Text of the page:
Arnold-Chiari Malformation is a condition in which the cerebellum portion of the brain protrudes into the spinal canal. It may or may not be apparent at birth. Arnold-Chiari I type malformation usually causes symptoms in young adults and is often associated with syringomyelia, in which a tubular cavity develops within the spinal cord. Arnold-Chiari II type malformation is associated with myelomeningocele (a defect of the spine) and hydrocephalus (increased cerebrospinal fluid and pressure within the brain), which usually are apparent at birth. Myelomeningocele usually causes paralysis of the legs and, less commonly, the arms. If left untreated, hydrocephalus can cause mental impairment. Either type of Arnold-Chiari Malformation can cause symptoms of headache, vomiting, difficulty swallowing, and hoarseness.
Adults and adolescents who are unaware they have Arnold-Chiari I type malformation may develop headache that is predominantly located in the back of the head and is increased by coughing or straining. Symptoms of progressive brain impairment may include dizziness, an impaired ability to coordinate movement, double vision, and involuntary, rapid, downward eye movements.
Infants and children with myelomeningocele may require surgery to repair protrusion of the meningeal sac into the spinal cord. Hydrocephalus may be treated with surgical implantation of a shunt to relieve increased pressure on the brain. Some adults with Arnold-Chiari Malformation may benefit from surgery in which the existing opening in the back of the skull is enlarged.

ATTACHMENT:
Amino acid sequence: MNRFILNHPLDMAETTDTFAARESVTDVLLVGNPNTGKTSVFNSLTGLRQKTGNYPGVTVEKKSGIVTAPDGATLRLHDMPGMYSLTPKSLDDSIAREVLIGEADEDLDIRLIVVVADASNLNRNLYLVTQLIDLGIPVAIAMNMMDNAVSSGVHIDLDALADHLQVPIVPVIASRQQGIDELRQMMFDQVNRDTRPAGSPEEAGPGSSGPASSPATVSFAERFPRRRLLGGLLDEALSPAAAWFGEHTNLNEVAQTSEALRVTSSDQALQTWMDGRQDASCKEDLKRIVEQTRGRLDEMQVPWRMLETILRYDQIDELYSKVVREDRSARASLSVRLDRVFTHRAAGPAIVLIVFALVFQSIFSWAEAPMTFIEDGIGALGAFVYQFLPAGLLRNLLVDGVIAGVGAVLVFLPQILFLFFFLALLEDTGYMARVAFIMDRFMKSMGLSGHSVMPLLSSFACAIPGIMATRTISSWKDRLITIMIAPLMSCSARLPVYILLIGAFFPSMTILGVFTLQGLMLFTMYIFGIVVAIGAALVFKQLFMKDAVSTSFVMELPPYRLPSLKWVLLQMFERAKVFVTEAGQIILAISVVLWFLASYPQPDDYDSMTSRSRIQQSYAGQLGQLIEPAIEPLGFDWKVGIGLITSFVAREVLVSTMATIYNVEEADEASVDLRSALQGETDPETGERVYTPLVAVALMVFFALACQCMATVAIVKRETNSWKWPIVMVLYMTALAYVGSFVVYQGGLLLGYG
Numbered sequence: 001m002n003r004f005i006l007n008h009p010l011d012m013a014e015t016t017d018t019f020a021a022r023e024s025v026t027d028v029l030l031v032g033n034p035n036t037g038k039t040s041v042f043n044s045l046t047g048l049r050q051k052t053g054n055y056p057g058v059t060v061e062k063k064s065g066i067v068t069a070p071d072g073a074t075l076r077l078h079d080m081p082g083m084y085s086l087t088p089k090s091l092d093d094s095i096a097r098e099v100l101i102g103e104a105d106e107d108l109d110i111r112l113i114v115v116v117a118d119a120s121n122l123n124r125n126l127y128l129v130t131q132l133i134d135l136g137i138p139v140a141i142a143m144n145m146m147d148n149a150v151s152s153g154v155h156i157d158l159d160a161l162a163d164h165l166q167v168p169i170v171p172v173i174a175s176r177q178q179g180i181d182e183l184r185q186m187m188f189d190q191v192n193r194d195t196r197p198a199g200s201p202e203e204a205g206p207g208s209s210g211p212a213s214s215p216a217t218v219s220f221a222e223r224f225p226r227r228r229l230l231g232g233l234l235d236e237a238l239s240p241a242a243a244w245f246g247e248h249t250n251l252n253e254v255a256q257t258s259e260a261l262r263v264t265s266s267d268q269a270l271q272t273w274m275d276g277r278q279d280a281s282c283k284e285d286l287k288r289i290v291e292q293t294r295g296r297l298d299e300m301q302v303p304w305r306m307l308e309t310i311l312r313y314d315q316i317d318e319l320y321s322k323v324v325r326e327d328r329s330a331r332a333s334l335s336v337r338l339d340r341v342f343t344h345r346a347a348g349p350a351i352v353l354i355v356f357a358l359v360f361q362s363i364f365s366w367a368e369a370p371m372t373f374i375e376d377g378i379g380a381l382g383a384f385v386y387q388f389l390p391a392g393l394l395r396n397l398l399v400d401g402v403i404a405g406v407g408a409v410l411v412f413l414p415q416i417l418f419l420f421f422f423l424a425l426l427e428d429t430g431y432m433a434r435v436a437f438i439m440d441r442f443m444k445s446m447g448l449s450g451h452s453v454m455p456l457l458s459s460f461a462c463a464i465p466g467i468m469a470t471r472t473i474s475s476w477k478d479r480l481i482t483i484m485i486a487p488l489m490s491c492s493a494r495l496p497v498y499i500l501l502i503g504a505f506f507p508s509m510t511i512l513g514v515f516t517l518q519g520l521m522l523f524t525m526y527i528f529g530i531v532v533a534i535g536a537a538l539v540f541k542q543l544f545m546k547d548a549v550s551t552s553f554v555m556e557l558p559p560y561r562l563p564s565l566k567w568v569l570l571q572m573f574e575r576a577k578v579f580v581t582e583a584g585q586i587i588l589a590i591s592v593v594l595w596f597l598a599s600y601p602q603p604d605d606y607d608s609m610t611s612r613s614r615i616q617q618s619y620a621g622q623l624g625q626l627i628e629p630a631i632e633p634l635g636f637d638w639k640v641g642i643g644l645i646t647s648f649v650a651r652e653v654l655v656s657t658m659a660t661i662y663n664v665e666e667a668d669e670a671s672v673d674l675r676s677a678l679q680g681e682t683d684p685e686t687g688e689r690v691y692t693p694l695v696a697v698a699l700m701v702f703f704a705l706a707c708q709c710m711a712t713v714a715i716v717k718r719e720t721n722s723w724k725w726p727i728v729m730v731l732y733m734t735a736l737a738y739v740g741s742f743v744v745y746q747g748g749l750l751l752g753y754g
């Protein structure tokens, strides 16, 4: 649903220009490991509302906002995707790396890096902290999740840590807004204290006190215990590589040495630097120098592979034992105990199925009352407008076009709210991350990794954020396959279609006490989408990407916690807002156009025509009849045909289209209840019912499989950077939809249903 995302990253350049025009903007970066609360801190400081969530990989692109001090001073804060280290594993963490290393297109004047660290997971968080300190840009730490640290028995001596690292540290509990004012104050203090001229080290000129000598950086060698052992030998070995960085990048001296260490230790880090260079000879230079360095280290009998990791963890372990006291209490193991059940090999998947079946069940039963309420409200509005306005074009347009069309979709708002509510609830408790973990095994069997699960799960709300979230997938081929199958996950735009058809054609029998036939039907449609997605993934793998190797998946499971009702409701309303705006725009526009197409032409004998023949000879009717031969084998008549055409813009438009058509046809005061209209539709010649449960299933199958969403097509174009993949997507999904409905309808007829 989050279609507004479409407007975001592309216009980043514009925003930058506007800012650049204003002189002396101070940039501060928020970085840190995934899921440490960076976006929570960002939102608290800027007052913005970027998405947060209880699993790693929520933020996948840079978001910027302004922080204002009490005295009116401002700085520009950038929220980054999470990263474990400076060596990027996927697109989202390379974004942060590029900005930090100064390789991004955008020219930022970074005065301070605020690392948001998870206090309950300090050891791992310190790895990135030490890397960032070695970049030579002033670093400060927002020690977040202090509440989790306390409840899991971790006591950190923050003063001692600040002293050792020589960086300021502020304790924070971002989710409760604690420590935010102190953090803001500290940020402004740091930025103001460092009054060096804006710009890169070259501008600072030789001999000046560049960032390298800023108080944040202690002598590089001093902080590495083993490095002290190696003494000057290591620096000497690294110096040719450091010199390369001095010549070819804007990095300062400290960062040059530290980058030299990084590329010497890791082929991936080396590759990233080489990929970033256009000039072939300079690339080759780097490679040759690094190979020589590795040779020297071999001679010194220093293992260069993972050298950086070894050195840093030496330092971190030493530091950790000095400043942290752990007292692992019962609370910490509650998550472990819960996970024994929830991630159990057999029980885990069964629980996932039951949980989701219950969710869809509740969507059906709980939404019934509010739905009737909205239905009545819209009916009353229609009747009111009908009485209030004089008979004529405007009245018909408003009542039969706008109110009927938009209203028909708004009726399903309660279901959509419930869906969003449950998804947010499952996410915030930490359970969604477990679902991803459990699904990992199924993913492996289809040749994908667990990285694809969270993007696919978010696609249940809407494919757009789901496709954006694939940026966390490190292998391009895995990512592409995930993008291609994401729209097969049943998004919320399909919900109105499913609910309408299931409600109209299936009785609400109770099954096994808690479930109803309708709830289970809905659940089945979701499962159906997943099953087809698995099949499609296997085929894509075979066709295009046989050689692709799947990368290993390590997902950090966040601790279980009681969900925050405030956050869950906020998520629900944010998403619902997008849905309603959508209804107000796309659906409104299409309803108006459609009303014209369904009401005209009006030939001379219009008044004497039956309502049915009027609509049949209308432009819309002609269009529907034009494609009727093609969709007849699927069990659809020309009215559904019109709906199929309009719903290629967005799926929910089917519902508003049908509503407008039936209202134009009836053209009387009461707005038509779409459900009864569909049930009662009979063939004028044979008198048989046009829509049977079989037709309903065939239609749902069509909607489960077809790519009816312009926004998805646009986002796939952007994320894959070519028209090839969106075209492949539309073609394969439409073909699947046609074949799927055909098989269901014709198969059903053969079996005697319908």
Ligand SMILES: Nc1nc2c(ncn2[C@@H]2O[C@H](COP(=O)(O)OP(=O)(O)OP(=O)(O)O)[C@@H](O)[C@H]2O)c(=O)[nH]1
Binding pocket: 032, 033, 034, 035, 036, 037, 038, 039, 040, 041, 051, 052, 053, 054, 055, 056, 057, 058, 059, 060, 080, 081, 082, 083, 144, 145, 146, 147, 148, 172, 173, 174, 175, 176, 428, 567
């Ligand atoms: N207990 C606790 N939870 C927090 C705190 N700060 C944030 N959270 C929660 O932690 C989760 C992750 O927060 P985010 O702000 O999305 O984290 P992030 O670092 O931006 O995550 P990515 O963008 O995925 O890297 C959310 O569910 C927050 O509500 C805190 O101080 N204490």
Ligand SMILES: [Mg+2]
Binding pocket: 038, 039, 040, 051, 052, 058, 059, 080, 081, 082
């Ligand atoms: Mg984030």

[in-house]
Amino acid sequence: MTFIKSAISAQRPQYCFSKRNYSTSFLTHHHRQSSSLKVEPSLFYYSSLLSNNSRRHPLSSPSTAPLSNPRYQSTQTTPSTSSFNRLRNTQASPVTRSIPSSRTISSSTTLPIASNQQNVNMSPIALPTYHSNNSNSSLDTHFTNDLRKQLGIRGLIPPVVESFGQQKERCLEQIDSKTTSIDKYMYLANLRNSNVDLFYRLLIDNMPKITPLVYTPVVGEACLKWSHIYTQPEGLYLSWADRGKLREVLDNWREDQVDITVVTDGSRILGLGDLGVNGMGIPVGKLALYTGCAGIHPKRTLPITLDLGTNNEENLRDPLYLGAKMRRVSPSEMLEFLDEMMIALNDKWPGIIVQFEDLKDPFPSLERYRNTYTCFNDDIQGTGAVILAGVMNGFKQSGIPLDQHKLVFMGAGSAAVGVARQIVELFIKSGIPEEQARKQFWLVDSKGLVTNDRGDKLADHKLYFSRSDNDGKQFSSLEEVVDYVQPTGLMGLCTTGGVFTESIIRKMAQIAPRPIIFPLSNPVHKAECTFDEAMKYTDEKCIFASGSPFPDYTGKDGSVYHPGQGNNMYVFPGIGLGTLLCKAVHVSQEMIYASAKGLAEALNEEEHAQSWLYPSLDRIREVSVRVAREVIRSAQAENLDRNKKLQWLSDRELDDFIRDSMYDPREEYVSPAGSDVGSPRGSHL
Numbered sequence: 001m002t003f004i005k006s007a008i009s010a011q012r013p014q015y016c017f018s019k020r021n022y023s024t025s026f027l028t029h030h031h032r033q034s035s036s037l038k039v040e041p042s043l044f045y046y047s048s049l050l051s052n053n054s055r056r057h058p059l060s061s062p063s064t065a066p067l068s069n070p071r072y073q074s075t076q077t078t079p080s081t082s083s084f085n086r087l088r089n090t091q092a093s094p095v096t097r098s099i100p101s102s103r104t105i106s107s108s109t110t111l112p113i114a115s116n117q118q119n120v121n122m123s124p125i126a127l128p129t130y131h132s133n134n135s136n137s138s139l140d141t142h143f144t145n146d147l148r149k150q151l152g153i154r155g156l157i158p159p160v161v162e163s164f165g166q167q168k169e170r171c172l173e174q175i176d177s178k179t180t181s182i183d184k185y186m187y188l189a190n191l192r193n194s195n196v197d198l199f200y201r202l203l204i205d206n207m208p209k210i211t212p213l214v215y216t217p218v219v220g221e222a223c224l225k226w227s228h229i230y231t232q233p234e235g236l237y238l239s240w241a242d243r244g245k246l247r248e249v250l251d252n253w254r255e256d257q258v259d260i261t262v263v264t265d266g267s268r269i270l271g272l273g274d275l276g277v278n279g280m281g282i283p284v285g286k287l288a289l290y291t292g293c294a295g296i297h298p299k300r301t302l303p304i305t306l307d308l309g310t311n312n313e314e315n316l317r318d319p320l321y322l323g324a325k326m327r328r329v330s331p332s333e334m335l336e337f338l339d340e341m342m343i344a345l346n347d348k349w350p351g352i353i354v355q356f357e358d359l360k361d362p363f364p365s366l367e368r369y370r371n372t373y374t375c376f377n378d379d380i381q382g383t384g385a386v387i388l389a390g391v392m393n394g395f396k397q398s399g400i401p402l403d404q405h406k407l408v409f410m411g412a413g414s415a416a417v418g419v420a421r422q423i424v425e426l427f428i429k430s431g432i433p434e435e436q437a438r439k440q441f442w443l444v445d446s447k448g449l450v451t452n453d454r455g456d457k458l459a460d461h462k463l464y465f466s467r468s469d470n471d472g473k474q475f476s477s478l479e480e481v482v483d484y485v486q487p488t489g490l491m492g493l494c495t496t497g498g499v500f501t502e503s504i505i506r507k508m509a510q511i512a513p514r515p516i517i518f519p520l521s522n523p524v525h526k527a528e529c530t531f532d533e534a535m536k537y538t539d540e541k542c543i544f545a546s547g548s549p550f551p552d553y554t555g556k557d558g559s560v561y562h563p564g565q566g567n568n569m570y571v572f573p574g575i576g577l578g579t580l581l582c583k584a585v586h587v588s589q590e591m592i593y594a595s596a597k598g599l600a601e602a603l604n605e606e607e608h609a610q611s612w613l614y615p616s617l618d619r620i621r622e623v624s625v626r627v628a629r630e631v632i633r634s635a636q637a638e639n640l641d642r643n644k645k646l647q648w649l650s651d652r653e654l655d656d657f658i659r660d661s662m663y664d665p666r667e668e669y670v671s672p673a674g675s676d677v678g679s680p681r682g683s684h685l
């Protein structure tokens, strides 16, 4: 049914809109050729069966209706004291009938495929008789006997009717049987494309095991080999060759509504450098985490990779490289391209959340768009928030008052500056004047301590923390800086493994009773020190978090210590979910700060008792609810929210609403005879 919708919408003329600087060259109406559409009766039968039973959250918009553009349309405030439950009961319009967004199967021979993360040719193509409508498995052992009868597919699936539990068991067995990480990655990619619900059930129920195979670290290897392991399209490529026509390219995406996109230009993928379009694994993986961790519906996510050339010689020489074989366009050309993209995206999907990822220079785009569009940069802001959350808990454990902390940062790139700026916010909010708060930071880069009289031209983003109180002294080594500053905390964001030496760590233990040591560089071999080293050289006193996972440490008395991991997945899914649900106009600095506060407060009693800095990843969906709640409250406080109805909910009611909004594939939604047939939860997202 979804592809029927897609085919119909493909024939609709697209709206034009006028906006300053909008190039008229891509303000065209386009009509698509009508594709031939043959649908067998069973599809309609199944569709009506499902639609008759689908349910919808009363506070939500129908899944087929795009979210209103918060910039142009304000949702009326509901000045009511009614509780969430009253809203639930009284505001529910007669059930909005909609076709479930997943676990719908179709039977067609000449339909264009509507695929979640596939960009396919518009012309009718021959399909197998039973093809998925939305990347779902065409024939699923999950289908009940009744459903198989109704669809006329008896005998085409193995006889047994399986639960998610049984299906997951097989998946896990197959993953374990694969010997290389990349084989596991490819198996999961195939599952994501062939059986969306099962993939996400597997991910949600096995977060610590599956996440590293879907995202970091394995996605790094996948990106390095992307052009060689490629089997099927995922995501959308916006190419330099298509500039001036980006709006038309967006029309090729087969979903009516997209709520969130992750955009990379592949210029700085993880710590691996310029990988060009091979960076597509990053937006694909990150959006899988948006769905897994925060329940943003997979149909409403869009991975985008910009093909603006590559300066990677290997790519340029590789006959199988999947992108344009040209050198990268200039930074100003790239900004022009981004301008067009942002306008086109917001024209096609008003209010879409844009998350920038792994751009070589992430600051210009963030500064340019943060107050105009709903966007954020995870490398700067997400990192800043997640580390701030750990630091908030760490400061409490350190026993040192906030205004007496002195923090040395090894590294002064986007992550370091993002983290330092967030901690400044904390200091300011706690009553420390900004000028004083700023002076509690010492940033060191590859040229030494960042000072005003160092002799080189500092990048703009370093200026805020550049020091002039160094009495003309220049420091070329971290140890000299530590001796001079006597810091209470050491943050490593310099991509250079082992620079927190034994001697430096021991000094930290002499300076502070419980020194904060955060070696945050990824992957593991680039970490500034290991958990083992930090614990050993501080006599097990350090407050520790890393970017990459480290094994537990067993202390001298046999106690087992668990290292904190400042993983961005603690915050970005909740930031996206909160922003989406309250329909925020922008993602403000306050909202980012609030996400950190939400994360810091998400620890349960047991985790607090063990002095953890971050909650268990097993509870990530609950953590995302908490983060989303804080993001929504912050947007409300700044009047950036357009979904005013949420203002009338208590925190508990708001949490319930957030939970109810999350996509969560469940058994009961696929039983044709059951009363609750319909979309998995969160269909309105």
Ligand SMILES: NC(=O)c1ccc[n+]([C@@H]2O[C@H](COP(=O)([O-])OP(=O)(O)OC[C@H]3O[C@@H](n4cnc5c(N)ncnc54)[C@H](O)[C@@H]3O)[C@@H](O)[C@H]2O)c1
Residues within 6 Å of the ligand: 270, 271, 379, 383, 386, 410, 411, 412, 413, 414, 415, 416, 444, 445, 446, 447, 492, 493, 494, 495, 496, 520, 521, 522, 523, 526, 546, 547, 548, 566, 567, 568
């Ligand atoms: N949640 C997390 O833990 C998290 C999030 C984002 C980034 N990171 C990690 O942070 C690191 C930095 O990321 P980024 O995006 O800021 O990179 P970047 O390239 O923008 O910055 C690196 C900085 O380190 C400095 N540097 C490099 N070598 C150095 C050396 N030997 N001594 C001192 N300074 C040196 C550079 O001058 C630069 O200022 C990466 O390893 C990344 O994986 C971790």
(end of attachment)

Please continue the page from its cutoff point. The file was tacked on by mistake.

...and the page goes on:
Infants with very severe malformations may have life-threatening complications. Most patients who have surgery experience a reduction in their symptoms. Some patients may experience prolonged periods of relative stability.
Research supported by the NINDS includes studies to understand how the brain and nervous system normally develop and function and how they are affected by disease and trauma. These studies contribute to a greater understanding of congenital birth defects, such as Arnold-Chiari Malformation, and open promising new doors to potential treatments.
Source: The National Institute of Neurological Disorders and Stroke
National Institutes of Health
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